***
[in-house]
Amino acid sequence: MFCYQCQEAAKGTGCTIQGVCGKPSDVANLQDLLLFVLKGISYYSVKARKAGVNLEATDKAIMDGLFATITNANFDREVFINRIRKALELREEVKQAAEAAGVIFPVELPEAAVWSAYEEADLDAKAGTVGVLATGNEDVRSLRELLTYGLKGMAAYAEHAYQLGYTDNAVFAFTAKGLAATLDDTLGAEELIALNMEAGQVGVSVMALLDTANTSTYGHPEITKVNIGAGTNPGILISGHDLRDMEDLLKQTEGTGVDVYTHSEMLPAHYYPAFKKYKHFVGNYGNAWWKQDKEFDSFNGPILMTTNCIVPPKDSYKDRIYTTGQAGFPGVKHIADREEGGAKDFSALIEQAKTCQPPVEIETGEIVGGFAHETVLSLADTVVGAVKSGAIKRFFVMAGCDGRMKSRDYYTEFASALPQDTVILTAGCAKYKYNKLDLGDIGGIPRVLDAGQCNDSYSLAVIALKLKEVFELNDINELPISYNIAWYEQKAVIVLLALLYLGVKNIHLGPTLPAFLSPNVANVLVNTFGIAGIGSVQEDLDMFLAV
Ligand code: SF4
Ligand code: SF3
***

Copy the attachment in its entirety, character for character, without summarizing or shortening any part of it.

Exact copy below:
[in-house]
Amino acid sequence: MFCYQCQEAAKGTGCTIQGVCGKPSDVANLQDLLLFVLKGISYYSVKARKAGVNLEATDKAIMDGLFATITNANFDREVFINRIRKALELREEVKQAAEAAGVIFPVELPEAAVWSAYEEADLDAKAGTVGVLATGNEDVRSLRELLTYGLKGMAAYAEHAYQLGYTDNAVFAFTAKGLAATLDDTLGAEELIALNMEAGQVGVSVMALLDTANTSTYGHPEITKVNIGAGTNPGILISGHDLRDMEDLLKQTEGTGVDVYTHSEMLPAHYYPAFKKYKHFVGNYGNAWWKQDKEFDSFNGPILMTTNCIVPPKDSYKDRIYTTGQAGFPGVKHIADREEGGAKDFSALIEQAKTCQPPVEIETGEIVGGFAHETVLSLADTVVGAVKSGAIKRFFVMAGCDGRMKSRDYYTEFASALPQDTVILTAGCAKYKYNKLDLGDIGGIPRVLDAGQCNDSYSLAVIALKLKEVFELNDINELPISYNIAWYEQKAVIVLLALLYLGVKNIHLGPTLPAFLSPNVANVLVNTFGIAGIGSVQEDLDMFLAV
Ligand code: SF4
Ligand code: SF3